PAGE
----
All publications by tag «EXPLORATION»
TOTAL - Total has signed an agreement to sell a 25% interest in the Exploration Block 11B/12B, offshore South Africa, to Qatar Petroleum. The transaction remains subject to regulatory approval.
A significant, years-long oil supply crunch may be approaching due to insufficient investment in exploration and production, Hess CEO John Hess said Monday at IHS CERAWeek.
Global capital spending by leading exploration and production companies will total $450bn in 2017, up 3 per cent compared to 2016 and ending two years of steep declines, according to Wood Mac forecasts published on Wednesday. Meanwhile, the number of final investment decisions by these 60 E&P companies — which range from large multinationals and independents to national oil groups — on new upstream projects will double to more than 20 in 2017, from nine last year.
Oil production companies recorded positive earnings from their upstream (exploration and production) operations in the third quarter of 2016 for the first time since the fourth quarter of 2014.
The North Sea oil and gas industry currently faces fierce global competition to attract investment, with the combined challenges of a low oil price, a maturing industry and uncertainty for the sector. Oil & Gas UK’s recently published Economic Report 2016 found that investment in the UK continental shelf has fallen to around £9 billion this year, from a record £14.8 billion in 2014, illustrating the difficulty for investors in accessing finance for asset development.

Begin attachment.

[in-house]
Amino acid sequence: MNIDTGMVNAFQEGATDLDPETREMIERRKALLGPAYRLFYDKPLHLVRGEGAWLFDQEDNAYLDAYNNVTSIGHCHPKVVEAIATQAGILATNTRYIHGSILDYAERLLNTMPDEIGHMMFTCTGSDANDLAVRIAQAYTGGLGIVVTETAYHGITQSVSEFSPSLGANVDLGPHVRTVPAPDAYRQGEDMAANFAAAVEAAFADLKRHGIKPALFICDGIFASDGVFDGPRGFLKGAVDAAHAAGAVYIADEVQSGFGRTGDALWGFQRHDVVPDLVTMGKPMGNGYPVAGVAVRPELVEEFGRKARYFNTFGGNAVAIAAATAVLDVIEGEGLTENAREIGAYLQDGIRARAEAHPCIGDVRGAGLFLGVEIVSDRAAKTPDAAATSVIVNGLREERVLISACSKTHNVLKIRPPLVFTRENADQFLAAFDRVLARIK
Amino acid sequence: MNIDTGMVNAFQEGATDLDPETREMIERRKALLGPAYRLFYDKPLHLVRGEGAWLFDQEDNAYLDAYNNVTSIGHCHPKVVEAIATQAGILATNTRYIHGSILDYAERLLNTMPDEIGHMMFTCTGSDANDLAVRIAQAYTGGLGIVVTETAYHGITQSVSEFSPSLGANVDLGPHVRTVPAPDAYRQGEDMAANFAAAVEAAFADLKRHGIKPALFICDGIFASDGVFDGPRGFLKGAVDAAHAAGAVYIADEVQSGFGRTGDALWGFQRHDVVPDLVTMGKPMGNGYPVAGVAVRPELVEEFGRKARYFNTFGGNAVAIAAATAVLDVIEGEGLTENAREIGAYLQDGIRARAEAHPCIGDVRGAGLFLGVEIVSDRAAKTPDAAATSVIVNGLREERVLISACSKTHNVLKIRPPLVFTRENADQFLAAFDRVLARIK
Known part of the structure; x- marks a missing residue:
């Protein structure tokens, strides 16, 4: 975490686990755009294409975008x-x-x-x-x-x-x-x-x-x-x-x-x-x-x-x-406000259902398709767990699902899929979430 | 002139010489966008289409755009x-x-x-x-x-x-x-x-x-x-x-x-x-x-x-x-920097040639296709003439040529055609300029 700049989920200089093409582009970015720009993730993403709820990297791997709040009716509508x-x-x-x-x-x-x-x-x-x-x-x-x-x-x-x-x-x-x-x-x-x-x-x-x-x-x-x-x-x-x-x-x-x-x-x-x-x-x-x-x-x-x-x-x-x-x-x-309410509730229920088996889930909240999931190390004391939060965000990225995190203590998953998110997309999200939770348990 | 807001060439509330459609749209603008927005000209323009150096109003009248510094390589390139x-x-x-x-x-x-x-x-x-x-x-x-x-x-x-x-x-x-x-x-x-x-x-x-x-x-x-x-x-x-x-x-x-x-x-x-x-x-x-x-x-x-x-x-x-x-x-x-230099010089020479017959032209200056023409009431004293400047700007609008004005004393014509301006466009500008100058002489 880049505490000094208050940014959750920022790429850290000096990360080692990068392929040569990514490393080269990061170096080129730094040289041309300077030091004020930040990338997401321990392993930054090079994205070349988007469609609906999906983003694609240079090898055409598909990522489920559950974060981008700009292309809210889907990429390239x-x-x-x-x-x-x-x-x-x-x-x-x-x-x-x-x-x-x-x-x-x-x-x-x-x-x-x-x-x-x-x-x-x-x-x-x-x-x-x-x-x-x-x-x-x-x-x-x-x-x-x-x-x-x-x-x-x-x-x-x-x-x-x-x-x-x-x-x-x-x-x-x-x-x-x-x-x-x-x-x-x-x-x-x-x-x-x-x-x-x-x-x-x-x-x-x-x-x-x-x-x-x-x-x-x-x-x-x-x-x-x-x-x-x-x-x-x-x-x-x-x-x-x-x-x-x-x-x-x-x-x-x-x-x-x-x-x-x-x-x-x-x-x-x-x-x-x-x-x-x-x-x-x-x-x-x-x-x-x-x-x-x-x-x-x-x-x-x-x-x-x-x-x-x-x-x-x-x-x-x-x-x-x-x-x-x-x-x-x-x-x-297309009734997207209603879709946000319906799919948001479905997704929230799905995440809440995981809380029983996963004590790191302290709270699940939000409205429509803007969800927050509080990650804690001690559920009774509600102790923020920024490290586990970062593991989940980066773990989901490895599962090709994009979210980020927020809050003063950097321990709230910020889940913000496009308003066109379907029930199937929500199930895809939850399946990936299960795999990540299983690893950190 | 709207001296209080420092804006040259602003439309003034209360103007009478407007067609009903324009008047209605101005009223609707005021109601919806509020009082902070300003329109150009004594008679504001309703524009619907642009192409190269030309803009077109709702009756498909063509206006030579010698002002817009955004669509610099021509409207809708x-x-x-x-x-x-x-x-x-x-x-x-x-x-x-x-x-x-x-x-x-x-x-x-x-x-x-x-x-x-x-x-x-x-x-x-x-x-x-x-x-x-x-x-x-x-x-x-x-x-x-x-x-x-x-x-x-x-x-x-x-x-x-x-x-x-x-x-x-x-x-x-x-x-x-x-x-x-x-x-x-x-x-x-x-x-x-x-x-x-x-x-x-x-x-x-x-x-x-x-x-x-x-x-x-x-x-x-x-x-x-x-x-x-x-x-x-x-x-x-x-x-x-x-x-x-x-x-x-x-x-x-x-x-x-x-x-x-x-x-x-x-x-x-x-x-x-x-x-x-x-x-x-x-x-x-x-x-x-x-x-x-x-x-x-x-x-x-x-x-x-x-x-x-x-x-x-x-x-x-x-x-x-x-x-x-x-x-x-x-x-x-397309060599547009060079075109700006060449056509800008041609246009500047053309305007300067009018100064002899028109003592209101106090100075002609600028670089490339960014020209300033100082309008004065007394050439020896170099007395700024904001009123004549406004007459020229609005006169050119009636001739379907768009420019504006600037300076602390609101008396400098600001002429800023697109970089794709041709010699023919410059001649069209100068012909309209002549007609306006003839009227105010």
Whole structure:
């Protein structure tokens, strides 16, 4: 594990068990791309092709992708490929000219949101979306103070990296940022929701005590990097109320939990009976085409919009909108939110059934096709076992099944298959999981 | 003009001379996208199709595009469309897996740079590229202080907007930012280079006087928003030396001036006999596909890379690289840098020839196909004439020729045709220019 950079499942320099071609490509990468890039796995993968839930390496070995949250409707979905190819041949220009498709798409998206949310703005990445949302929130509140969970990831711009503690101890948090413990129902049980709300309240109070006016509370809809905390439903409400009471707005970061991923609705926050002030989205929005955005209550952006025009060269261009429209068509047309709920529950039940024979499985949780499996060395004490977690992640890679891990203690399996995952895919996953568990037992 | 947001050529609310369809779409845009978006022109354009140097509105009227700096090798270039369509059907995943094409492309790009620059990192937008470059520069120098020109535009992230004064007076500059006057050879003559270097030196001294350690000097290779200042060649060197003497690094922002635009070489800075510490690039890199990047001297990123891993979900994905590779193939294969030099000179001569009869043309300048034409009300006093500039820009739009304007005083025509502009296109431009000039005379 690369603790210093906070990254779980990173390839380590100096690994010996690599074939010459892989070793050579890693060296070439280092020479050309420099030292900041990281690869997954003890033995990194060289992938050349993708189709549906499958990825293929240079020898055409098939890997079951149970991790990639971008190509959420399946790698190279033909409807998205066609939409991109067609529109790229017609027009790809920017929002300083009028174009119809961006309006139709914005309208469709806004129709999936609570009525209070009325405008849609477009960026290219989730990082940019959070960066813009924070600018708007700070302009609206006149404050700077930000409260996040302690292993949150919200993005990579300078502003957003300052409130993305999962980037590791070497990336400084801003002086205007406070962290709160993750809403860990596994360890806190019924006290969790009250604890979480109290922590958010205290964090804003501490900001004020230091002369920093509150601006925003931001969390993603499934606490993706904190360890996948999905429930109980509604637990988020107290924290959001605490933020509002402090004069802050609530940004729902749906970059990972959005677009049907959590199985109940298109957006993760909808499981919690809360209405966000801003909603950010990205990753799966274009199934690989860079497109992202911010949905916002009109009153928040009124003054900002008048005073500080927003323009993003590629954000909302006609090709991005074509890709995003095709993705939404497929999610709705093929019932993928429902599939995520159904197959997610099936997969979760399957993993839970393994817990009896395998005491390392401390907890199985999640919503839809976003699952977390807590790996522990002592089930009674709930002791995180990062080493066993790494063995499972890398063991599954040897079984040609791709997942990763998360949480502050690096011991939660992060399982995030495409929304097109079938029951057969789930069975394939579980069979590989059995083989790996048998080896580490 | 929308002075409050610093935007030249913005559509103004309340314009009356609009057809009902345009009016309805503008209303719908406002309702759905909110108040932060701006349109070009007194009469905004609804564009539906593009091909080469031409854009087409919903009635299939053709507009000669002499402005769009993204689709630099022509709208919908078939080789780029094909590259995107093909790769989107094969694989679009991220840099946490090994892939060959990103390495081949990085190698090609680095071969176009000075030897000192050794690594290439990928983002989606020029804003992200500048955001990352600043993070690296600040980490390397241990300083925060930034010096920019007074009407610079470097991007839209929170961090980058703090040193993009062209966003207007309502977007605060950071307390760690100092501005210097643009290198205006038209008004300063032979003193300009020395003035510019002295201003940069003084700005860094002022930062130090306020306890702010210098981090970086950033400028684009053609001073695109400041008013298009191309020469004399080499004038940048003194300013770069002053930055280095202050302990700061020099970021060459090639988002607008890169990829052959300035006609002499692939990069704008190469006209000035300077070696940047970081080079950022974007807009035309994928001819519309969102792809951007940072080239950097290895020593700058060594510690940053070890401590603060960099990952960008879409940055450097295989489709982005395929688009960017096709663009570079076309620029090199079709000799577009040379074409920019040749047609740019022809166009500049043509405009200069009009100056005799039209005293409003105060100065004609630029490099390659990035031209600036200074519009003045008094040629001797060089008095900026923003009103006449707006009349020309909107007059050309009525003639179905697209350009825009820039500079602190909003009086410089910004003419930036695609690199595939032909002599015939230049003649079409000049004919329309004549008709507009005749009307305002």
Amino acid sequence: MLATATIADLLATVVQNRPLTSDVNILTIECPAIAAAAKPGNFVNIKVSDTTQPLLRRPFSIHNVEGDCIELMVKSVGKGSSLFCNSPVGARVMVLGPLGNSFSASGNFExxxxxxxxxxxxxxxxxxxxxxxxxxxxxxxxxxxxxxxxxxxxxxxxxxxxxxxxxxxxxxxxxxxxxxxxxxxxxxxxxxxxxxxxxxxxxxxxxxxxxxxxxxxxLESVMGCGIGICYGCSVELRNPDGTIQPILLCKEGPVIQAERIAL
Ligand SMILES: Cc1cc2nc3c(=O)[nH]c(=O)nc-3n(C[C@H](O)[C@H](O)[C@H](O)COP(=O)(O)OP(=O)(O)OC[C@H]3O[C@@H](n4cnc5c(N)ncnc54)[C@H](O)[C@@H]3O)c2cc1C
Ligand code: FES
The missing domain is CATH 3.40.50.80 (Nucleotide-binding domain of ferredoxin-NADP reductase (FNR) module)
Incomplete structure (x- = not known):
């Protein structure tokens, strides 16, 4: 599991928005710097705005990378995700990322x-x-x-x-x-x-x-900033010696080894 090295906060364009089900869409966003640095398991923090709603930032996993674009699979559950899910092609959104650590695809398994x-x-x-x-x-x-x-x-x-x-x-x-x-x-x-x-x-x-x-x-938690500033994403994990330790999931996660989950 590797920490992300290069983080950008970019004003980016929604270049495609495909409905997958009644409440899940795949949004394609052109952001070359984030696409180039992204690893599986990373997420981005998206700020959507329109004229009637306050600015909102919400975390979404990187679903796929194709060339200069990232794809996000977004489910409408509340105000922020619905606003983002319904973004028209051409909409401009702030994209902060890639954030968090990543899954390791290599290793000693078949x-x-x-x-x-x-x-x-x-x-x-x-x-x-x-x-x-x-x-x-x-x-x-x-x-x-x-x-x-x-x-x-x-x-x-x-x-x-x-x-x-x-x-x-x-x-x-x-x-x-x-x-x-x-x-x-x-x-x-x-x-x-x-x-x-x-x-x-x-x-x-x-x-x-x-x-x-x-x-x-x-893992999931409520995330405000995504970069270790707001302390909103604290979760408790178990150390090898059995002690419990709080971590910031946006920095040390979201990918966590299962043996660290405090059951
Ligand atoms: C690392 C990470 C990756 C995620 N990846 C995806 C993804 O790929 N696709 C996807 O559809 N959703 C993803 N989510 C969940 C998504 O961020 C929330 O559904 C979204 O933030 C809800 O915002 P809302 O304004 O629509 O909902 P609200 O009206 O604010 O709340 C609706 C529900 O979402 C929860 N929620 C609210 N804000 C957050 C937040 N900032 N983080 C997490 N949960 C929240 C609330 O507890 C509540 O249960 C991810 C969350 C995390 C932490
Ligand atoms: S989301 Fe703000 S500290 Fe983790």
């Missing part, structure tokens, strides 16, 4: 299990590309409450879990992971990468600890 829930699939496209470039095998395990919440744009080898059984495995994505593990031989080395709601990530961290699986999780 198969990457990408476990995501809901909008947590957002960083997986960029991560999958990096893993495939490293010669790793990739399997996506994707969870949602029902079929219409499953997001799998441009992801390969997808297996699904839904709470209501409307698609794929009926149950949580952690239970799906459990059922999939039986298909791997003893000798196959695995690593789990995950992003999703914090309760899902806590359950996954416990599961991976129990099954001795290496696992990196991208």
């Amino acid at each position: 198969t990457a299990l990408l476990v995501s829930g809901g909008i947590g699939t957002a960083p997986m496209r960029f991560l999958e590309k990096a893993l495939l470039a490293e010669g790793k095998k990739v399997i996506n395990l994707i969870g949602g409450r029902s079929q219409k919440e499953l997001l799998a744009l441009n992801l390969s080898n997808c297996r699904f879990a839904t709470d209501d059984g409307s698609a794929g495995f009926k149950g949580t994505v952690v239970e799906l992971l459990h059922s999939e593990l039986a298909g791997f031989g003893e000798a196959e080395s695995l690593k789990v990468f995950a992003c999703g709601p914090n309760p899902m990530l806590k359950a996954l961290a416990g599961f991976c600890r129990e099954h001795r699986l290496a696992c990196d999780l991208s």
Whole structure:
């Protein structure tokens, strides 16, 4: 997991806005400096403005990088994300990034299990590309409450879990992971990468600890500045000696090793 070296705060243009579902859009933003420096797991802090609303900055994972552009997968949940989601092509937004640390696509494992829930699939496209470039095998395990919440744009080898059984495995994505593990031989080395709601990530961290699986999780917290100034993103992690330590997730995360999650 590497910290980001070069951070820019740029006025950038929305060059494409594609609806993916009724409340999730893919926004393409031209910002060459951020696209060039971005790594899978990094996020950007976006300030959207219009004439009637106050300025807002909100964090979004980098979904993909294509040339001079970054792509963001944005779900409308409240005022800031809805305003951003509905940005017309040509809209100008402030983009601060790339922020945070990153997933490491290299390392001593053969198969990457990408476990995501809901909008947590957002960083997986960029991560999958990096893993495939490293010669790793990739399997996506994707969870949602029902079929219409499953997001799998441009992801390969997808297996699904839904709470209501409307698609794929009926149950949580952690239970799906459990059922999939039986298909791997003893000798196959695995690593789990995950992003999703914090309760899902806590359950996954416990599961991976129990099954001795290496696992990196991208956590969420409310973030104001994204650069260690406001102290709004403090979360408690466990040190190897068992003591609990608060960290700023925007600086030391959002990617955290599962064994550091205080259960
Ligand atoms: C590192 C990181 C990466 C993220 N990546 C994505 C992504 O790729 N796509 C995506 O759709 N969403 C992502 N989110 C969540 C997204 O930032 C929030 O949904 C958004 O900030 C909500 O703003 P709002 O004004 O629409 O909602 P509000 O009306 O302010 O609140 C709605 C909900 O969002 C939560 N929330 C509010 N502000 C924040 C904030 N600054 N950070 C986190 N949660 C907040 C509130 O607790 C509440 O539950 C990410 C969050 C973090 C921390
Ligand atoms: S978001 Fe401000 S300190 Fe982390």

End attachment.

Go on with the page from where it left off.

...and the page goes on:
The Norwegian Petroleum Directorate (NPD) and Russian petroleum authorities (Federal Subsoil Resources Management Agency, Rosnedra) have entered into an agreement to exchange seismic data from the areas around the demarcation line in the Barents Sea.
Oil and gas companies are poised to increase spending on exploration and production globally by 5% in 2017, while offshore spending may continue to fall next year, based on Barclays’ midyear global spending survey of more than 200 companies.
With oil prices down by more than half since the price collapse two years ago, drillers have cut their exploration budgets to the bone. The result: Just 2.7 billion barrels of new supply was discovered in 2015, the smallest amount since 1947. This year, drillers found just 736 million barrels of conventional crude as of the end of last month.
“The industry has got a real problem,” says Chris Pateman-Jones of Ernst & Young. “Projects are becoming larger and more complex and more challenging … Even if they were to hit their targets, they could still be uneconomic.”
The number of rigs running in the US to drill the horizontal wells used for shale oil production has been rising since May. At 272 last week it was at its highest level since early April, according to Baker Hughes, the oilfield services company.